If you visit the California Academy of Sciences, you might notice on their upper levels some gorgeous black and white photographs of animals. The prints are several feet across in square, full-frame format.
If you take one of the museum‘s behind-the-scenes tours, you’ll see even more of these beauties behind the scenes in the staff hallways.
After seeing these for years and slowly absorbing their quiet intensity, I decided to ask about them, because there is a noticeable lack of plaques both for details on the animals pictured or to credit the photographer.
The artist is Susan Middleton, former chair of the museum’s Department of Photography, and she has contributed her images to many books available at the museum and online.
There isn’t a lot on her website which describes itself as “a precursor to a formal website” and the majesty of the large prints is lost in digital-small-screen format, but you can get enough to imagine them.
I had purchased the book, “Evidence of Evolution,” several years ago and the images contained are truly lovely. Many/most/all of them are available on her website, though without the accompanying text by Mary Ellen Hannibal.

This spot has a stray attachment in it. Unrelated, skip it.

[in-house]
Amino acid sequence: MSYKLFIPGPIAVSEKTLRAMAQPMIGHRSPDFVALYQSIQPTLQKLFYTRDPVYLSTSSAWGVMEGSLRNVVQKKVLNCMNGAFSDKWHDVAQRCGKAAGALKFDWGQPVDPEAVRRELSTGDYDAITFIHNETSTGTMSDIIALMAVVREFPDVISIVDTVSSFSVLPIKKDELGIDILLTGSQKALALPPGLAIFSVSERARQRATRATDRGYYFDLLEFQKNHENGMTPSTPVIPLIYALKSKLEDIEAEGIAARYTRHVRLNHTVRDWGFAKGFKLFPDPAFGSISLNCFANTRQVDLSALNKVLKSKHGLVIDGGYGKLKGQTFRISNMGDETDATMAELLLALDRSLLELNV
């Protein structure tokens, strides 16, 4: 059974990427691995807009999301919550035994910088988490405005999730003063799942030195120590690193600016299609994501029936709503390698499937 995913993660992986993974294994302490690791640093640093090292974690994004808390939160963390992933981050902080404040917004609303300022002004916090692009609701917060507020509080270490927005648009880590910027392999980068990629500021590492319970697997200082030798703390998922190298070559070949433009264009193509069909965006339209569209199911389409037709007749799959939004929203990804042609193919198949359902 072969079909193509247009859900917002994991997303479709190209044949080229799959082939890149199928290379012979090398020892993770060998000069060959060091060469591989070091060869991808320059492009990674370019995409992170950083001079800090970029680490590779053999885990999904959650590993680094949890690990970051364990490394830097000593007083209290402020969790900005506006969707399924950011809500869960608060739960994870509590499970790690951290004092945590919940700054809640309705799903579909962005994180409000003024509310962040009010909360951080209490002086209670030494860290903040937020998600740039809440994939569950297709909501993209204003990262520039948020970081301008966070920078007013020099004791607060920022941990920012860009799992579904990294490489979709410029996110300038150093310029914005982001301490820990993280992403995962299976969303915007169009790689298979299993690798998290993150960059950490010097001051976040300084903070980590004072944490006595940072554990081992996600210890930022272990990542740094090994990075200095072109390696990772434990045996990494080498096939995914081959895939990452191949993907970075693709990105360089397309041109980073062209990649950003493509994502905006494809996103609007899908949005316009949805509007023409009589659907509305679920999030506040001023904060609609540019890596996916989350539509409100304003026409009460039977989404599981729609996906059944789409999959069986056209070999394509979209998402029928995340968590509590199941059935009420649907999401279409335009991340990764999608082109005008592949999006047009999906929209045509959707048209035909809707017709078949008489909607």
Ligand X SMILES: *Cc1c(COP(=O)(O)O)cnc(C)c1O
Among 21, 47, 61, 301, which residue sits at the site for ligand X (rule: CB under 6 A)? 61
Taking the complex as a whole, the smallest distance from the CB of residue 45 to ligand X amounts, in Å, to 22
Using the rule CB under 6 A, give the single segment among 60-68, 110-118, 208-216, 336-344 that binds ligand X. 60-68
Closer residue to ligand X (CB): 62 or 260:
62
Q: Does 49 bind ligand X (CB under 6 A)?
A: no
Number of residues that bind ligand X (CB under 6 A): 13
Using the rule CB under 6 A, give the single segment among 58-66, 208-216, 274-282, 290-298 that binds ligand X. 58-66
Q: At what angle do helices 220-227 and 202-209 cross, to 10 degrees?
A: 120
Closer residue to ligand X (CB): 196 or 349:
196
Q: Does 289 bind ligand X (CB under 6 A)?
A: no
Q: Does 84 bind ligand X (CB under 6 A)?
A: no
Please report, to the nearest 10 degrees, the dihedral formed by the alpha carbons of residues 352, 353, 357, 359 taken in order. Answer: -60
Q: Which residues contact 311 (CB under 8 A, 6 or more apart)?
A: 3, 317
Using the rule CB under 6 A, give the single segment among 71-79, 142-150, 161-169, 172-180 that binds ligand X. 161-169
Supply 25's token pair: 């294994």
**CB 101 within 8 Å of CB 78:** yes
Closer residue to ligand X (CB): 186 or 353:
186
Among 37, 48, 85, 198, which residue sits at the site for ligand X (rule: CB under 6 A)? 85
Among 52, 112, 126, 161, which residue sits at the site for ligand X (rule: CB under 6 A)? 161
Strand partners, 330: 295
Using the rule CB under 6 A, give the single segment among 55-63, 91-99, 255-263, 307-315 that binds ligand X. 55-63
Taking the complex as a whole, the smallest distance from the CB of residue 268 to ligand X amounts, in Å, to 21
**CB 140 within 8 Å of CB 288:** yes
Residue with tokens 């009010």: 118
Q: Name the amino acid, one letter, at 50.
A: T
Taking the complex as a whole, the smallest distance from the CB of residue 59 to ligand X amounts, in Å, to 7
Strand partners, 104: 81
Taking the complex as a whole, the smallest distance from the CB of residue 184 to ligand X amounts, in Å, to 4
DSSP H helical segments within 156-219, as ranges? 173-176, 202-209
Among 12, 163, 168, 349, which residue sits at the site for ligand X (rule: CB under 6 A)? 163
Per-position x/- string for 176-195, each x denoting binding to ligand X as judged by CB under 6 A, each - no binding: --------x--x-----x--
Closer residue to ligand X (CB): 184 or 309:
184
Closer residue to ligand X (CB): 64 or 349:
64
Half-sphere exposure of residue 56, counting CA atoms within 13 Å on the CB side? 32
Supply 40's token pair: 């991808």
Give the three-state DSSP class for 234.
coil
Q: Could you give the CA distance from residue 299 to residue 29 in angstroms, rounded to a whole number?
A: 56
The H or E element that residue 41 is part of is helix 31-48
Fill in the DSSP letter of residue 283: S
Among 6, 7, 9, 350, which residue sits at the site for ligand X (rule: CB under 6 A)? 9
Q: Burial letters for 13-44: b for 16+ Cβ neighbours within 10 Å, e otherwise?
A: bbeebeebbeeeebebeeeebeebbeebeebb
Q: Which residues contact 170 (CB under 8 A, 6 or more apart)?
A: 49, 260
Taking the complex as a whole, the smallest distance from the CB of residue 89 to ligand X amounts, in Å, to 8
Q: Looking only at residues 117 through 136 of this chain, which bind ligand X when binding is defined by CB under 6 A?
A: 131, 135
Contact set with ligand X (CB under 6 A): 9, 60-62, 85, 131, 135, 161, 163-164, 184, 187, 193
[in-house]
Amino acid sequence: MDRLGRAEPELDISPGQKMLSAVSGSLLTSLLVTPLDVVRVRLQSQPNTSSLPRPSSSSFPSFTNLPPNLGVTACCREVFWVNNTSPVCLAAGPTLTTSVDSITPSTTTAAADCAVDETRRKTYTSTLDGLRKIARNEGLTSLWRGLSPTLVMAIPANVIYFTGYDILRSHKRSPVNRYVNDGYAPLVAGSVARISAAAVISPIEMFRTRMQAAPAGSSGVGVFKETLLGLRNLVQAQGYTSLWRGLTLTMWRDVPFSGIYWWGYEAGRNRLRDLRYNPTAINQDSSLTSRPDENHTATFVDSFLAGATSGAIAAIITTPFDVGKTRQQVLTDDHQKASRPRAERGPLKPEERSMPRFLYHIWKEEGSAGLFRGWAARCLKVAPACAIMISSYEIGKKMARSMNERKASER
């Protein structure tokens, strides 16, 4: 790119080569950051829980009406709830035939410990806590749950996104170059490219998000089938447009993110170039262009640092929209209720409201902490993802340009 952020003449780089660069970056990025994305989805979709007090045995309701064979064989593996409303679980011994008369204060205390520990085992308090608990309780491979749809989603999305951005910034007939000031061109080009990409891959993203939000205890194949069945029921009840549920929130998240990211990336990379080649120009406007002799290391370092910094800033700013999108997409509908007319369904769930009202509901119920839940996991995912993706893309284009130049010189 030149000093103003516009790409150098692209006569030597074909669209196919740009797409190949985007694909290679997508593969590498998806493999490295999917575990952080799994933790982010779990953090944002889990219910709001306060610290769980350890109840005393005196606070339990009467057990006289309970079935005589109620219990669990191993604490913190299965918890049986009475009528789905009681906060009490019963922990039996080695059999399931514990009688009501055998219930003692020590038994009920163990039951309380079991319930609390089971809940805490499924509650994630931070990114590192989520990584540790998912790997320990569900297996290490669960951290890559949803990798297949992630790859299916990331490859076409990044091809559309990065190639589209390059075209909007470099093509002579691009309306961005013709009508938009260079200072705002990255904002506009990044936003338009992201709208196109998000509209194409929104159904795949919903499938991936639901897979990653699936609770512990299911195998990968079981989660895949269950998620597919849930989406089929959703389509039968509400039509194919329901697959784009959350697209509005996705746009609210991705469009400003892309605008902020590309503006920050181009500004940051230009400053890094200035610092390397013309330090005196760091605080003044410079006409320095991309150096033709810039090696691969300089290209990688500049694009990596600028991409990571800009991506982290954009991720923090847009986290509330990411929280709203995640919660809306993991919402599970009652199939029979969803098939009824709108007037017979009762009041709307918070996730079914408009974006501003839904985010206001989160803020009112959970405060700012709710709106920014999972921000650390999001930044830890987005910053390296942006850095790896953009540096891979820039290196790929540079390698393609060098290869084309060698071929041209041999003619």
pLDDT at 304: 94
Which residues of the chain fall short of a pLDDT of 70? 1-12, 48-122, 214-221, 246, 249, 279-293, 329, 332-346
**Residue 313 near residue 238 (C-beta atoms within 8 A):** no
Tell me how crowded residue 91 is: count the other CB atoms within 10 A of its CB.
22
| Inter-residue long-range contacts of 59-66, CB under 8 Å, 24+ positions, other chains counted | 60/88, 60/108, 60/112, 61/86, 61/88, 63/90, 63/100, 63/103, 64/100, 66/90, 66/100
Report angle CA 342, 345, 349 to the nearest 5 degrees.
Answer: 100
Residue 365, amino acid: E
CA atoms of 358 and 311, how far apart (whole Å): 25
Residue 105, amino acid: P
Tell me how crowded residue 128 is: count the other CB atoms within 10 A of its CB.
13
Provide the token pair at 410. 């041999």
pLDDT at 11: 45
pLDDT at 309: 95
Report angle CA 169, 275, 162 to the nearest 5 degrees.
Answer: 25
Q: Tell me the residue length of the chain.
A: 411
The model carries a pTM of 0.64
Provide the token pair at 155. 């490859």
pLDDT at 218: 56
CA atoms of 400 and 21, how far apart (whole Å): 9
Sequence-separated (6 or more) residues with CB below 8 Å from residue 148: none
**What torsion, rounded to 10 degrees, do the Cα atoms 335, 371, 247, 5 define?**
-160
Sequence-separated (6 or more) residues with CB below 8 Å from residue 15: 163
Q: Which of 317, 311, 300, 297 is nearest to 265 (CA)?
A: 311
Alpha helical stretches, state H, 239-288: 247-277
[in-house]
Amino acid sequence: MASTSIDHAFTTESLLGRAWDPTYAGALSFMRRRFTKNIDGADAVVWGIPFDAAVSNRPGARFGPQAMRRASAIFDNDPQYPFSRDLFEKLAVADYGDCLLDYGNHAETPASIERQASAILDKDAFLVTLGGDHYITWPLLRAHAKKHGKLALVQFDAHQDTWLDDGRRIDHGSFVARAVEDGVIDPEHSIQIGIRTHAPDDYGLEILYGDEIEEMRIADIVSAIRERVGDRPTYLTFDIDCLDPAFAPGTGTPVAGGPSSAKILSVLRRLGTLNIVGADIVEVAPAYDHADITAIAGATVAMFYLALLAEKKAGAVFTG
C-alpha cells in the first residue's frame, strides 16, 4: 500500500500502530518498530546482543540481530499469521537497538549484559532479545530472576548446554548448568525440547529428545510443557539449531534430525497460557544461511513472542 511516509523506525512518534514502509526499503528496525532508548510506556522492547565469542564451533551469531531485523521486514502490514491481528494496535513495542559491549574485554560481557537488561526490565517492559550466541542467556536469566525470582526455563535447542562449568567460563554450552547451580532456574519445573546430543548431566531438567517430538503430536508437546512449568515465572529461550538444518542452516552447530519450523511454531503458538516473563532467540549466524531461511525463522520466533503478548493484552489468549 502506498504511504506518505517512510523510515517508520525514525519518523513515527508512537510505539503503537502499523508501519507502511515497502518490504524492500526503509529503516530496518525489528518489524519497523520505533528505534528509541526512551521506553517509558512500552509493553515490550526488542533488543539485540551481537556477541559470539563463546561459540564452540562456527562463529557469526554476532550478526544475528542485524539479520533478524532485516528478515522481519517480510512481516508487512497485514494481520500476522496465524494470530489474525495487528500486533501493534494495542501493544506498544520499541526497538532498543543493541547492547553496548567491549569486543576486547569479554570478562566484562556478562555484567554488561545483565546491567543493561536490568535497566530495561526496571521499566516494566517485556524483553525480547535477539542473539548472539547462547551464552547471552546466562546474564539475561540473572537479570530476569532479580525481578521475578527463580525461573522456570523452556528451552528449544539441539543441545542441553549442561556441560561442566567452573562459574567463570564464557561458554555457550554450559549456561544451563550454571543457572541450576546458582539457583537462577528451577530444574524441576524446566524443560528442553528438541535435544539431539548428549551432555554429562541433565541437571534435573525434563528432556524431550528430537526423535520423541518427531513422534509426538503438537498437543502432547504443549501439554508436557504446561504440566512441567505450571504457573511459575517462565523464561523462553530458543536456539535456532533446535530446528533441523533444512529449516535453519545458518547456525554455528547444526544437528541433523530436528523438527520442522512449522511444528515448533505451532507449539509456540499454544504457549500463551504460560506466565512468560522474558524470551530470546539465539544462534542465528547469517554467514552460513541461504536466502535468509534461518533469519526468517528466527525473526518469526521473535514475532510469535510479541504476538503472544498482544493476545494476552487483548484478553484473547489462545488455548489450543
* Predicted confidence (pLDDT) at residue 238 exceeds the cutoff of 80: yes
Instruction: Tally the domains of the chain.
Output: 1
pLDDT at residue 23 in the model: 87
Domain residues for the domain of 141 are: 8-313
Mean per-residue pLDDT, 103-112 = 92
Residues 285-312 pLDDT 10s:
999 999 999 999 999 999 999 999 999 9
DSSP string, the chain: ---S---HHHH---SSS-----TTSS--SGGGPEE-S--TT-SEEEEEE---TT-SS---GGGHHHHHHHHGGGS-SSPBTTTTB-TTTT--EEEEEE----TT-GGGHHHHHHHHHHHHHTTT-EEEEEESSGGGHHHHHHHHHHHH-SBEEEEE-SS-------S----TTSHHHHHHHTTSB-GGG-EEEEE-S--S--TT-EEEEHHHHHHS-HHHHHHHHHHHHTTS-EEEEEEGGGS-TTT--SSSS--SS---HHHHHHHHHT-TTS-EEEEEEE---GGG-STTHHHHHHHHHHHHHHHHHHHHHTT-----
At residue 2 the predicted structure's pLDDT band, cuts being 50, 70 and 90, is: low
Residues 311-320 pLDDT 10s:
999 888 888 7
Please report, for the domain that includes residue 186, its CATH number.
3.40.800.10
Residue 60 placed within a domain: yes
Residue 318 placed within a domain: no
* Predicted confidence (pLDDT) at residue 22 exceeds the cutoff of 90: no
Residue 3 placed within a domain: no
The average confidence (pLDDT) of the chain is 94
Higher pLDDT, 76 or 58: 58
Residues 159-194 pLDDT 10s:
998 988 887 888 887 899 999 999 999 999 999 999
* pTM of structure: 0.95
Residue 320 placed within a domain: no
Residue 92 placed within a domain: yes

Learning some about Ms. Middleton, I can see a strong influence on her was her year spent working with Richard Avedon , one of my photography heroes. Refer to Ms. Middleton’s bio on her website but also on art.gov.us where some of the photographs you can see at the museum are available online.
If you like what you see on her website or in the books, I highly recommend a trip to see some of the large prints at the museum. Though they contain they have the flavor of the scientist (technical purity), they are truly museum-worthy, and not just natural history but would be equally at home in an art gallery.